Ms. Bernadel said that when it comes to students being punished for dress code violations, Black and brown girls get written up the most, followed by Black boys, then white girls, then white boys. For Black girls, the issue is not necessarily around their clothes, but their bodies, which tend to be perceived at early ages as more developed or “adult.”
In the short term, disciplinary actions resulting from getting “dress coded” can lead to less instruction time, hindering academic performance. In the long term, code violations can make girls, and especially Black girls, feel “ashamed of how they express themselves and also what they look like,” Ms. Bernadel said.
The up-to-you policy on mask wearing in Cobb County schools reflects one part of the patchwork of masking policies nationwide. In much of the country, it is up to local officials whether masks are required in schools, and most school districts that require face coverings set the rule for all students regardless of age or vaccination status. The Centers for Disease Control and Prevention recommends that all students, teachers and staff members in schools wear masks, regardless of vaccination status.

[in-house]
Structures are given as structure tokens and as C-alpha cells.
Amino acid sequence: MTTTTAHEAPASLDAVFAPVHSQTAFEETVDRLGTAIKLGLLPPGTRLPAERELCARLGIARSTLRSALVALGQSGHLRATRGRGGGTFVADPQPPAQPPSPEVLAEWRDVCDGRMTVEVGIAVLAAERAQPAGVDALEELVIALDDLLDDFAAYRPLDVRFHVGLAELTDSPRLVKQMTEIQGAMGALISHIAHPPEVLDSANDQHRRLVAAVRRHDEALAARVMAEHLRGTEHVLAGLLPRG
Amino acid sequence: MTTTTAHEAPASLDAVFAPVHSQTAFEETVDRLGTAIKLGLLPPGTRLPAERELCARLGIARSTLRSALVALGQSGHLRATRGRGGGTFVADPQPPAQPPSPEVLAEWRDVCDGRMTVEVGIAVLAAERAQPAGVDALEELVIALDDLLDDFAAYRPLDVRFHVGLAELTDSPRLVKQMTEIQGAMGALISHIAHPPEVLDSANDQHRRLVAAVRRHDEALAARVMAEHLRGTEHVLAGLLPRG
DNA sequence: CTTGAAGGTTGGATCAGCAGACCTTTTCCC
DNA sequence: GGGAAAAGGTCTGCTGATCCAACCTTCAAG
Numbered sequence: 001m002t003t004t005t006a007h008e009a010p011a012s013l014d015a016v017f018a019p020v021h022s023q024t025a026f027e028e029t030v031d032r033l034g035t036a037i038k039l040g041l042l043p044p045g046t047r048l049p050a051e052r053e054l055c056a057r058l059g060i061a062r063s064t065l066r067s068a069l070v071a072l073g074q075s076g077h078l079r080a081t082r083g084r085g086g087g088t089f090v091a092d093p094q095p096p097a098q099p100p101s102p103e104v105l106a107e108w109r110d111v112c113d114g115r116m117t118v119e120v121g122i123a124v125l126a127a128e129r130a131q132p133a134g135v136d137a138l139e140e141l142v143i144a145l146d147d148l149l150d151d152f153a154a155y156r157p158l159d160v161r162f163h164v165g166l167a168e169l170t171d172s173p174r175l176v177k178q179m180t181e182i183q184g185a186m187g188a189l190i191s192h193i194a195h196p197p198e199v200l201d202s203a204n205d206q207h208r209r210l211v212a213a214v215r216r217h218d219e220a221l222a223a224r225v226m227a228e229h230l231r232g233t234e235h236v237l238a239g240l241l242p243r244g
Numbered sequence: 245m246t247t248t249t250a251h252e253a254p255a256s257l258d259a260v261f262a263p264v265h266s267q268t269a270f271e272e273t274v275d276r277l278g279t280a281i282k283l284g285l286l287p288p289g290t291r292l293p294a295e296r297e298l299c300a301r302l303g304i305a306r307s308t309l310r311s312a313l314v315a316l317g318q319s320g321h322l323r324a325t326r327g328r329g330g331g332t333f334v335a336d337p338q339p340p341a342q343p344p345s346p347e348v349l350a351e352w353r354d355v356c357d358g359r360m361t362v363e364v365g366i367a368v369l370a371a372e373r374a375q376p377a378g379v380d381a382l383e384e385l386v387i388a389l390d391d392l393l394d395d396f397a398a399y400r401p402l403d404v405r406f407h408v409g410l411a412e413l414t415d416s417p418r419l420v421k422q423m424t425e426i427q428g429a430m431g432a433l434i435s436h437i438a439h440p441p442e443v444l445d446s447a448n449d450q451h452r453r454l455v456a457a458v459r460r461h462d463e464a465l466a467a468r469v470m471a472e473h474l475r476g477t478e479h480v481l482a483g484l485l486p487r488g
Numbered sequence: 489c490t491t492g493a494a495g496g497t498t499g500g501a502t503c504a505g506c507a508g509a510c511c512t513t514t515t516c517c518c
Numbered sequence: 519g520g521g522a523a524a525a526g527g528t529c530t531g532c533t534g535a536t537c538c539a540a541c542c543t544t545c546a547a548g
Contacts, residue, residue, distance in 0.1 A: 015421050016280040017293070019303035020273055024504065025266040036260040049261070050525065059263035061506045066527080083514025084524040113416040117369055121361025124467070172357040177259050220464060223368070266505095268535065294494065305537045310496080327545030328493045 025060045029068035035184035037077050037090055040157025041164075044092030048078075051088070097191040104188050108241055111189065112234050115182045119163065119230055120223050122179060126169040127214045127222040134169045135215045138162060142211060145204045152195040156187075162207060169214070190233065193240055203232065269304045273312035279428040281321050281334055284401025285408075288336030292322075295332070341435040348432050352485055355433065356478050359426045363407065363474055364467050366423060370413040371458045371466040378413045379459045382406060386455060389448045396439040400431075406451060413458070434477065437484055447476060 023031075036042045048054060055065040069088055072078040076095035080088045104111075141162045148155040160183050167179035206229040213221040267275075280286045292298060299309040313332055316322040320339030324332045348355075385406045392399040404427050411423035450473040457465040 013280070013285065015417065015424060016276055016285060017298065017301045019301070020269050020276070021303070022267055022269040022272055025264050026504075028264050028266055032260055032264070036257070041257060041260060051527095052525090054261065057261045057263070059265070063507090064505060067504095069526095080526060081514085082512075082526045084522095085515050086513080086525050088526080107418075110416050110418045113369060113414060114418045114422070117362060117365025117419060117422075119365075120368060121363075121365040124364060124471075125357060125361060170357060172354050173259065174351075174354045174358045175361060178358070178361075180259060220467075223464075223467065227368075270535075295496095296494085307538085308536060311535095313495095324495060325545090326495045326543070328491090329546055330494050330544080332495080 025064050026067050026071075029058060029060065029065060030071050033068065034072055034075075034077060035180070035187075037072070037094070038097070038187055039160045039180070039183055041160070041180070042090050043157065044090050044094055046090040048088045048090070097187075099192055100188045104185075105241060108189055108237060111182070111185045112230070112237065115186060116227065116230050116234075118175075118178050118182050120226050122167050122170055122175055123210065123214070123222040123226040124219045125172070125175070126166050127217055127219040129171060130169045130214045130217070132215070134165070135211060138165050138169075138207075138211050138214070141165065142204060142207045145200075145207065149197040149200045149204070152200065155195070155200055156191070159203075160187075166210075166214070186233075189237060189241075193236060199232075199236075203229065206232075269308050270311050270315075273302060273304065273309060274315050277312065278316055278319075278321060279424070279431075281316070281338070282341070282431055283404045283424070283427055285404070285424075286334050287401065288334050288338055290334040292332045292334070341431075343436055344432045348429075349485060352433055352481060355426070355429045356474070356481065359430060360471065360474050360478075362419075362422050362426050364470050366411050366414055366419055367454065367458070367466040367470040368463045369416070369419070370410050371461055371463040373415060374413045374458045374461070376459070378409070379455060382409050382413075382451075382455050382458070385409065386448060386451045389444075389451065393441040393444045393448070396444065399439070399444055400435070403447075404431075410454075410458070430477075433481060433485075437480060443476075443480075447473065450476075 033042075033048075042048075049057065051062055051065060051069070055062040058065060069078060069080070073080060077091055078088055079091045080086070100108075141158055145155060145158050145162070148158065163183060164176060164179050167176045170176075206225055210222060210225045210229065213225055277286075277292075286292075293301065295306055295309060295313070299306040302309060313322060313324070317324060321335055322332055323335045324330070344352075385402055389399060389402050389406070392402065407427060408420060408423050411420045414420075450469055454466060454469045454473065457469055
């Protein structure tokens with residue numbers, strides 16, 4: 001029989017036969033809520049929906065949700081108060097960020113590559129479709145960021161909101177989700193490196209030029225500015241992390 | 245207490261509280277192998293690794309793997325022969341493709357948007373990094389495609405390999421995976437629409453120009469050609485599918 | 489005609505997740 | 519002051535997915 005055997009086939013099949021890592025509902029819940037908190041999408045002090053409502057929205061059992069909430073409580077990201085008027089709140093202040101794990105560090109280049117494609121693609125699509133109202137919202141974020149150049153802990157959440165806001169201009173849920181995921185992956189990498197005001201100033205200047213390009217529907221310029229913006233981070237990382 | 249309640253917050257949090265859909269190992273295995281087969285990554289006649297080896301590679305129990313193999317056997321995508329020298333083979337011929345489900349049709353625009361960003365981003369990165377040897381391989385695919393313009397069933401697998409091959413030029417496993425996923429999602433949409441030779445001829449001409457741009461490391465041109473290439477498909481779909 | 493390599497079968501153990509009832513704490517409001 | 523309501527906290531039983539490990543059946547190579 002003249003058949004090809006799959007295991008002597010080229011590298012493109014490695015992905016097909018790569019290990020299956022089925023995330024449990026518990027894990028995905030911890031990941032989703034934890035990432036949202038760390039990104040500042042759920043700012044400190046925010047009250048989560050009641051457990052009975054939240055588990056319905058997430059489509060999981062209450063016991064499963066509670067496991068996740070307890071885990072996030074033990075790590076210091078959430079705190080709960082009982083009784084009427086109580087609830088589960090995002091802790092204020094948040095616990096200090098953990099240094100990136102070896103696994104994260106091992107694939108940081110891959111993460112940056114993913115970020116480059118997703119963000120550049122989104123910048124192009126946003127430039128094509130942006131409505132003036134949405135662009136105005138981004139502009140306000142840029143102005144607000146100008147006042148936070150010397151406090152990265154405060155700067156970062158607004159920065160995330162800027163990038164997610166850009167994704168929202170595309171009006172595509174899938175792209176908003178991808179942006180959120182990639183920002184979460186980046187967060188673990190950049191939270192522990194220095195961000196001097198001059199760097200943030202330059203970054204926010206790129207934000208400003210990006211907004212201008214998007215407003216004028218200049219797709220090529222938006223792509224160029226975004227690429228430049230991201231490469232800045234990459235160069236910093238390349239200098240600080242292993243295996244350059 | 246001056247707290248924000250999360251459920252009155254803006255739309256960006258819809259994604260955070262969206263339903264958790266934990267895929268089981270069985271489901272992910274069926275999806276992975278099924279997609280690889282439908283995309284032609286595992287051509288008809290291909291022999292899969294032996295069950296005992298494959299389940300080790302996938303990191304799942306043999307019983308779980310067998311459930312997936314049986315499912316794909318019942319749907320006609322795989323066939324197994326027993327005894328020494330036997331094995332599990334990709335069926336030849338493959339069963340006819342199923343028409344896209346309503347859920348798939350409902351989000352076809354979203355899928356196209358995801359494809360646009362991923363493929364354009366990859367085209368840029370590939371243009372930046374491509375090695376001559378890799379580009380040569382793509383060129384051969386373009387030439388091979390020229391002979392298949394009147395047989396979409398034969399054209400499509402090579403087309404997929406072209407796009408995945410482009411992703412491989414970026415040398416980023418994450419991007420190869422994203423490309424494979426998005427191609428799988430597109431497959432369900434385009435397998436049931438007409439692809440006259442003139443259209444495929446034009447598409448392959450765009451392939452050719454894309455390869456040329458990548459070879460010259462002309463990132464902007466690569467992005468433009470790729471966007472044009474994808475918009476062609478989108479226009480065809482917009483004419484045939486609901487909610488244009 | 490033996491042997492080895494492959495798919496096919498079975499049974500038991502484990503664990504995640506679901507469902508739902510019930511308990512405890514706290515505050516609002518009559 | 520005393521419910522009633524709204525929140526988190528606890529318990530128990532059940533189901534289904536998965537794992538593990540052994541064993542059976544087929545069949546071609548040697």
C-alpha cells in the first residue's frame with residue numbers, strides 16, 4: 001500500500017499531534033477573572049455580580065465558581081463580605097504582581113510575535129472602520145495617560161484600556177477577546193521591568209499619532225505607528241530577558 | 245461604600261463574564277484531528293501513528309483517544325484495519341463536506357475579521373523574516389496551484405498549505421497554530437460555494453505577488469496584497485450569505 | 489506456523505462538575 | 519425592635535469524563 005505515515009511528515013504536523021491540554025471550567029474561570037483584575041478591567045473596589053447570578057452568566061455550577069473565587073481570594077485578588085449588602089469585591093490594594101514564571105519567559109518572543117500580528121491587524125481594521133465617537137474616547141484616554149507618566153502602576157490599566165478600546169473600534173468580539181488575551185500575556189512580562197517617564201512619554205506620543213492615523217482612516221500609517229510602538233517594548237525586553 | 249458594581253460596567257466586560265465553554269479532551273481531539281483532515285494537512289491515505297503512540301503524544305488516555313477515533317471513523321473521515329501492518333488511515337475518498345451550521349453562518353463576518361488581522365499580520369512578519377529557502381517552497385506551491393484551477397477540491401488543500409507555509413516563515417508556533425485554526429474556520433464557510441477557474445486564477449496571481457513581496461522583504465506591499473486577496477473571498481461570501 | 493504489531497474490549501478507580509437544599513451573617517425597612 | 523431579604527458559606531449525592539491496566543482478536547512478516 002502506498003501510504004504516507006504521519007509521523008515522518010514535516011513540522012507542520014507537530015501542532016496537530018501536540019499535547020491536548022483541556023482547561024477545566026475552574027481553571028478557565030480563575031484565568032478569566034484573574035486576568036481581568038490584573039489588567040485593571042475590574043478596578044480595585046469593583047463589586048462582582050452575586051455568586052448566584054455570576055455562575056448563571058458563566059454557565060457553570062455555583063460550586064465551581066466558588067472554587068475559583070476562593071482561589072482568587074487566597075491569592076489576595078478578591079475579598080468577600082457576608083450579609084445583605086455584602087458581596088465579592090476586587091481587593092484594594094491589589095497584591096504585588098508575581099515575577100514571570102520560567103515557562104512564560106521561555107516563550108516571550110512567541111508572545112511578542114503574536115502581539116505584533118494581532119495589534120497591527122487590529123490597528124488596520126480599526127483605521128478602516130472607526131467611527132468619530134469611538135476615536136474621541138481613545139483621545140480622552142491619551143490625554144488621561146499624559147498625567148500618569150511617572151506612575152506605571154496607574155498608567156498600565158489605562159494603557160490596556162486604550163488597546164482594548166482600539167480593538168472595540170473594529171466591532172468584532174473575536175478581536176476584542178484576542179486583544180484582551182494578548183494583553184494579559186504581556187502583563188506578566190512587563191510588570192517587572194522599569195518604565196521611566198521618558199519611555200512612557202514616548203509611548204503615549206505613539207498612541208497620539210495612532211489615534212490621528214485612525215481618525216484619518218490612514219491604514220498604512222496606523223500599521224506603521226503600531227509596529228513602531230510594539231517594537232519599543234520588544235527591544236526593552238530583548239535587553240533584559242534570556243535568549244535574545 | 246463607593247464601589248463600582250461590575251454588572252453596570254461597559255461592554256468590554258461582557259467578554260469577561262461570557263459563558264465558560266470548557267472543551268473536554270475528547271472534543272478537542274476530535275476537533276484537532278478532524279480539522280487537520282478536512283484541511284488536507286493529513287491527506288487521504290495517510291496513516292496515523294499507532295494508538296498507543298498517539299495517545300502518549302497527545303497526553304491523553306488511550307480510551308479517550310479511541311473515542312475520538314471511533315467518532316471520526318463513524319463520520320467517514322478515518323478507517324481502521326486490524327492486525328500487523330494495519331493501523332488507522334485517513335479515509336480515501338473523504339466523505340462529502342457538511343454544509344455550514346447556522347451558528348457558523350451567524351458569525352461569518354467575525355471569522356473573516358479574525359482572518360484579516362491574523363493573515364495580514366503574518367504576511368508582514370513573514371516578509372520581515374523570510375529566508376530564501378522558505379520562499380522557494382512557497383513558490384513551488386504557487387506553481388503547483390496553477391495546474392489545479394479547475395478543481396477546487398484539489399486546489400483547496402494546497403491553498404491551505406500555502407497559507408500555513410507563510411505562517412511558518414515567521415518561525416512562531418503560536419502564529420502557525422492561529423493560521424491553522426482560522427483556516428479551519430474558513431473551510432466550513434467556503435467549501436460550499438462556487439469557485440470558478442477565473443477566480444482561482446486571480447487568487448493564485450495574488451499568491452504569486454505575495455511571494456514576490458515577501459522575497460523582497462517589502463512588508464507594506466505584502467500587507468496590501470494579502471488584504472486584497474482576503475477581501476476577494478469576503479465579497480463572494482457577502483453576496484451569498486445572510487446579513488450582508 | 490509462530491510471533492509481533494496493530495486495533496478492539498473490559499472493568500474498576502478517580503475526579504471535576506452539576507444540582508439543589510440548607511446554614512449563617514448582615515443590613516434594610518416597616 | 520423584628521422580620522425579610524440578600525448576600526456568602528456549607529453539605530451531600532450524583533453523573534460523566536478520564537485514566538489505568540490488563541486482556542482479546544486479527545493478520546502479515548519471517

“Cobb County says that parents are best suited to decide about whether their child wears a mask, but that they are not best suited to decide what the child wears on their bodies,” Sophia wrote in a petition on Change.org that has over 2,000 signatures.
“I don’t think you can pick and choose that reasoning,” Sarah Trevino, Sophia’s mother and a lawyer in the Atlanta area, said of the county’s stance that parents can choose whether their children wear masks. “If you’re going to use that reasoning whether to put a strip of cloth over your child’s face, it should be the same reasoning if you’re going to put a strip of cloth over their thigh.”
According to the Simpson Middle School dress code, “all shorts, skirts and dresses must be fingertip length” — meaning when students holds their arms at their sides, their longest finger must still touch fabric. The code also specifies that “no skin may be exposed above the fingertip.”
Sophia said her main issue with the dress code was that it singled out girls and made them responsible for boys’ actions.